Down at lock 12 we met our friend on his C5 again,  he rides around collecting drink cans from the towpath and from what he can reach in the canal squashes them and loads them into one of the 3 sacks he has attached rear of his machine.
I pulled over below the bottom lock to clear the prop, I could see the ends of what looked like a long hose trailing behind me and rotating when in gear, that turned out to be about 4 mts. of pvc cable insulation that someone had stripped off, there was also a sack and other rubbish to remove before we could carry on.
As you approach the end of the Tame Valley canal you pass a chimney on your right with a symbol on each face near the top, I think it depicts an electromagnet, can anyone throw any light on it?
Our farewell to the Tame Valley was this stand of giant hog weed growing on the off side, I dont know if they had been sprayed but they didn't look very health. 

Back on the Birmingham and Fazeley canal things improved greatly and we were able to travel at a reasonable speed until Minworth top lock, where we were number 3 in a queue of 4. The hire boat in front and the one behind were doing the Warwick ring, I don't know how much further they went, but we were pleased to stop for the night a short way before the Cuttle Bridge Inn.

Today's Journey 8½ Miles, 16 locks in 6¼ hours

Wednesday 21 July 2021

Perry Barr top lock

 Last night was both cooler and quieter than previous nights, there was a bit more noise from the unit across the canal and then nothing until about 8am this morning, it was so much cooler that I had to get up in the early hours and close some of the doors.

When we set off at 10am this morning it was quite overcast and about 18°C but the sun was soon through and things heated up, to start with the going on the Daw End Branch was good but slowly deteriorated, the worst being just past Aldridge Wharf where it seemed very silted up. We passed these 4 ducklings, I thinkthey may be Tufted Duck as the mother was very dark with white on her wings when flying. We didn't see her closely as played the injured duck trick flapping off away in front of us to draw the predator  (us) away from her young before flying back to tend them.

We have noticed a lot of gardens are now tended all the way down to the waters edge and often wondered if CRT owned a ransom strip, some have even built jetties out into the canal with seats

and tables on them. Well today the answer quite plain, here is a Canal Company boundary marker about 6 foot back from the waters edge.We stopped at Longwood Boat club to fill with water and also to have lunch before tackling the Rushall flight,  some locks were full and some empty with bottom gates open, one of the pounds was quite low but to our surprise we got straight down the middle.Once clear of the flight it wasn't long until we were down to Rushall Junction where we turned left on to the Tame Valley canal, going was much easier than I expected, probably something to do with the weed clearing equipment moored at the top of Perry Barr locks. It's called the Tame Valley and it sure is a valley with some very high bridges crossing it, one is known as Chimney bridge, the reason is obvious when you look at the support tows. This bridge is undergoing  some structural maintenance with lots of scaffolding.We continued on to the top of the locks where we have moored for the night, tomorrow we will tackle them and the Minworth flight.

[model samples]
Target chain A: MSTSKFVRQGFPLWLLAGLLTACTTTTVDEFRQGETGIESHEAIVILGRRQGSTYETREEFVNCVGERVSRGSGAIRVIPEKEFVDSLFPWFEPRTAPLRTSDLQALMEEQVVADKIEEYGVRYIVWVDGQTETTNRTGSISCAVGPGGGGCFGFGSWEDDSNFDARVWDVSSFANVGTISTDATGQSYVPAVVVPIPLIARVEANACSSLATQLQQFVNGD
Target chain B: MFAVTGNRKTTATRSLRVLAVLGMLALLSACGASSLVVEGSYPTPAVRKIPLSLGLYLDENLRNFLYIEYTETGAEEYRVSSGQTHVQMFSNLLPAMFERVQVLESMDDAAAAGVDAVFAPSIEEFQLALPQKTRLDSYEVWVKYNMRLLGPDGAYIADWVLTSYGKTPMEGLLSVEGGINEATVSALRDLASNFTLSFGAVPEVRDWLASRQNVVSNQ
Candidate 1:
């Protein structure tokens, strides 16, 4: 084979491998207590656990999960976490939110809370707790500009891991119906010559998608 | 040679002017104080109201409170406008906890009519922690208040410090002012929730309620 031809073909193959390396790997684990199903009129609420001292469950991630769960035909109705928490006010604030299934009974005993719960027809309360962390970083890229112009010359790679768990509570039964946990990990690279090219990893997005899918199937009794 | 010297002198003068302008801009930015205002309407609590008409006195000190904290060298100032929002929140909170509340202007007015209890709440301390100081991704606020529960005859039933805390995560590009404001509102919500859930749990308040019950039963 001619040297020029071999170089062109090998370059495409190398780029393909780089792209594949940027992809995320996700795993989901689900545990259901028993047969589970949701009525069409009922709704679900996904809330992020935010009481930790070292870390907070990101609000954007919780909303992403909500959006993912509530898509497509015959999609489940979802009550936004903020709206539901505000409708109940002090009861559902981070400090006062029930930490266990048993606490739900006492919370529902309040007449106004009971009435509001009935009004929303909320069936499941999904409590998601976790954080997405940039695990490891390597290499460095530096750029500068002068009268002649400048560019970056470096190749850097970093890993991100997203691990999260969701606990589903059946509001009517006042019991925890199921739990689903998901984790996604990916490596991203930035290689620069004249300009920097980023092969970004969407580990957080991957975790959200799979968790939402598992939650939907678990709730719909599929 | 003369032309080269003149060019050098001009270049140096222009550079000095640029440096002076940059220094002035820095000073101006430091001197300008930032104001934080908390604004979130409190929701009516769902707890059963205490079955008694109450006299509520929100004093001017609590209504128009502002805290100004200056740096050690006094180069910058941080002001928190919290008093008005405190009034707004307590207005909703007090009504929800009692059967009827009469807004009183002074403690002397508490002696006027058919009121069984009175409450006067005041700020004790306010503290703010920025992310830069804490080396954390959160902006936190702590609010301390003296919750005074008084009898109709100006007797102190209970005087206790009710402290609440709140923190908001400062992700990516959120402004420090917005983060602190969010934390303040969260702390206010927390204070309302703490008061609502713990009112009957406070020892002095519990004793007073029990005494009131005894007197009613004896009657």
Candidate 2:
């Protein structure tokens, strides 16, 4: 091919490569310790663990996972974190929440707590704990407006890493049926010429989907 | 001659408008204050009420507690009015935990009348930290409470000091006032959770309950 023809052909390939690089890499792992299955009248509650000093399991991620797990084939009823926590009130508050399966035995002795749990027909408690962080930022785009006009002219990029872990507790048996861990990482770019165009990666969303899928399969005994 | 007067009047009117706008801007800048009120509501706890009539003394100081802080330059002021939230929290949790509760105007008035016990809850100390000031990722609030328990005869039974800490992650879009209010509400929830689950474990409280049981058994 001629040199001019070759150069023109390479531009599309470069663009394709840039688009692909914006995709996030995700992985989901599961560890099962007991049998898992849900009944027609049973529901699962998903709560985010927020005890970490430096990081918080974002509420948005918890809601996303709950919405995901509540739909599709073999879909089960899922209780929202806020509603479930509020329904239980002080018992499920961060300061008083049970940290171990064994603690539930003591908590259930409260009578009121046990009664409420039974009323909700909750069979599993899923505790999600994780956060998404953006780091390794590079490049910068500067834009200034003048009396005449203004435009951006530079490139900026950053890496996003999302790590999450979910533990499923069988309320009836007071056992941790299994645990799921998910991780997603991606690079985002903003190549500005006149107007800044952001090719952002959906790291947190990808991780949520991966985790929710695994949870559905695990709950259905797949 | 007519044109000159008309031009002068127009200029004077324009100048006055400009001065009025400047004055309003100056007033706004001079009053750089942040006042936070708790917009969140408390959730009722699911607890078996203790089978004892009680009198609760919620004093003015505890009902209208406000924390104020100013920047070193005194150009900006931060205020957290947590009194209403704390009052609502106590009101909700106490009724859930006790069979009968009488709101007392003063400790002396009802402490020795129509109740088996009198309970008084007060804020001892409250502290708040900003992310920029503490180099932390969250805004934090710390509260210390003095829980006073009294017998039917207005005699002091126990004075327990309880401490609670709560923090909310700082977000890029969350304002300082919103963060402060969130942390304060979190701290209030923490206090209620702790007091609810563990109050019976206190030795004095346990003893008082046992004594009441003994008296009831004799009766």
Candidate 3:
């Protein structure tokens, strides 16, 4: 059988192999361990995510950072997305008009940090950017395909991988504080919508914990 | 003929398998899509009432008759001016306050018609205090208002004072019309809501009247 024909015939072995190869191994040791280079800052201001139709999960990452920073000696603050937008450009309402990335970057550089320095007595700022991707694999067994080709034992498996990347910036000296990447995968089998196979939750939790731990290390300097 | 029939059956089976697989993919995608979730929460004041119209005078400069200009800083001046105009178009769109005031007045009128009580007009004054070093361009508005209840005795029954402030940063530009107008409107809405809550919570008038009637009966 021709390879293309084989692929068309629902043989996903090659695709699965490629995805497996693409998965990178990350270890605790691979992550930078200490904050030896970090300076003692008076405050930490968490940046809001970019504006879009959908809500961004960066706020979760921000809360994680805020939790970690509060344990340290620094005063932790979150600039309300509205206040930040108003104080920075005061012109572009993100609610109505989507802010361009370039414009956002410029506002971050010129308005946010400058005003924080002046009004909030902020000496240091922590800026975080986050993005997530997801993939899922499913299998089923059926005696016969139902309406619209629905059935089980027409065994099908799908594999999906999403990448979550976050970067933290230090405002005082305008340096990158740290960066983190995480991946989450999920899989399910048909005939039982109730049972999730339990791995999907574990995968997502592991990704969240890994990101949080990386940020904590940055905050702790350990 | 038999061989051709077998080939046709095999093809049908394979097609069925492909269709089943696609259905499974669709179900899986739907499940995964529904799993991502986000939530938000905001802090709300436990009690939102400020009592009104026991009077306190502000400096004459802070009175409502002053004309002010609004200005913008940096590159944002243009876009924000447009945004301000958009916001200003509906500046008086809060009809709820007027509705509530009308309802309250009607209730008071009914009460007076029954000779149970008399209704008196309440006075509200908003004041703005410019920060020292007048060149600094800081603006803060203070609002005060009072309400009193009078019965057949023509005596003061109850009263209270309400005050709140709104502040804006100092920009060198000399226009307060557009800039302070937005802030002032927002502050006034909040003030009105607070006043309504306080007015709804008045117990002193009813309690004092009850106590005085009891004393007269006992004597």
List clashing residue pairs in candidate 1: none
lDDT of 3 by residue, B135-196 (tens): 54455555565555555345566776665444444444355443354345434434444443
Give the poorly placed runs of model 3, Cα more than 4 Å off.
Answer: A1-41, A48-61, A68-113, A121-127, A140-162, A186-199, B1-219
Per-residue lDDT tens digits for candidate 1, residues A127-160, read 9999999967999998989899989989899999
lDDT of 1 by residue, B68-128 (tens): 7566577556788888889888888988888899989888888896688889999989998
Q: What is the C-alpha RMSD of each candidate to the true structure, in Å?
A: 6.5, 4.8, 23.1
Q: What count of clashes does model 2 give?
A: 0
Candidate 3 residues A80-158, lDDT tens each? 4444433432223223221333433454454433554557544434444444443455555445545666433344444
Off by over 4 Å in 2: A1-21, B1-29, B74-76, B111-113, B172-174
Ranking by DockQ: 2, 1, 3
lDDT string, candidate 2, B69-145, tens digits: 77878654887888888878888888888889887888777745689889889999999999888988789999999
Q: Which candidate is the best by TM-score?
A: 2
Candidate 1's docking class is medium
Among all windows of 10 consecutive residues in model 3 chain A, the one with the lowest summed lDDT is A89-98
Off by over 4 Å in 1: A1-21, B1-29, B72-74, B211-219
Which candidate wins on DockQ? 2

Today's Journey 10½ miles, 9 locks in 6¼ hours

Tuesday 20 July 2021

Brownhills Daw End Branch

 Today we did the Wyrley and Essington Canal, all of it and it was easier going than expected but the day was somewhat longer than planned. We set off after another hot noisy night at 9-30 am. back to Horseley Field Junction and hard left. The weediest part of the trip was only a few hundred yards onto the W&E by the Urban Community Moorings where it was thick blanket weed, after that things just got better, slower than normal but no major problems and I didn't actually look down the weed hatch until we moored for the night. I then spent a fun half hour clearing the prop from strong polly, electrical flex, netting, rag, all wrapped round bramble stalks which made handling difficult, also a fishing spinner but thankfully no hooks. The canal has water Lilies almost end to end, nearly all are white, a couple of pink and one yellow.

We passed under the shiny (well on one side, the other is green) arch and took a photograph of Harnser's reflection as we passed under it. If the other side was cleaned then you would be  able to see the clouds and sky reflected in it.
I can only assume that this bridge is built like this to give full wheelchair access, I don't know what the approach is like on the offside as I couldn't see that.
The old Short Heath branch looked very inviting, I wonder how deep it is, maybe next time when we have more time I will see if we can not only get down, but also out again.It nice to see what some people do with a bit imagination to the bits of bank at the bottom of their gardens, some just pretend they don't exist.

We passed the end of the Walsall canal at Birchills Junction, it's the first time we have passed without turning in or out. I must admit that after you get to Walsall Basin its not my favourite bit of canal.It wasn't long before we were passing a large building site, it looks as if it will be a large housing development.Then suddenly you are out in open country side, nothing but fields on both sides, this I found quite surprising when you consider how close we are to Walsall and other towns.Soon Pelsall Works bridge looms into view looking very splendid with its white paint and black lettering, after this the canal gets much straighter and wider, I even managed to get over 3mph, but it doesn't last for long.

Our planned mooring for the night was at the visitor moorings outside Tesco at Brownhills, but again we not only found the road noisy but also it was in full sun, so after the compulsory shopping we went about half a mile down the Daw End Branch and moored in the shade. We are right opposite an industrial estate which until now almost 10pm has been silent then suddenly there is a lorry and heavy forklift flying about with bleepers and hooters going.

Today's journey 16 ½ miles, no locks in 6½ hrs

Monday 19 July 2021

Wolverhampton Broad St moorings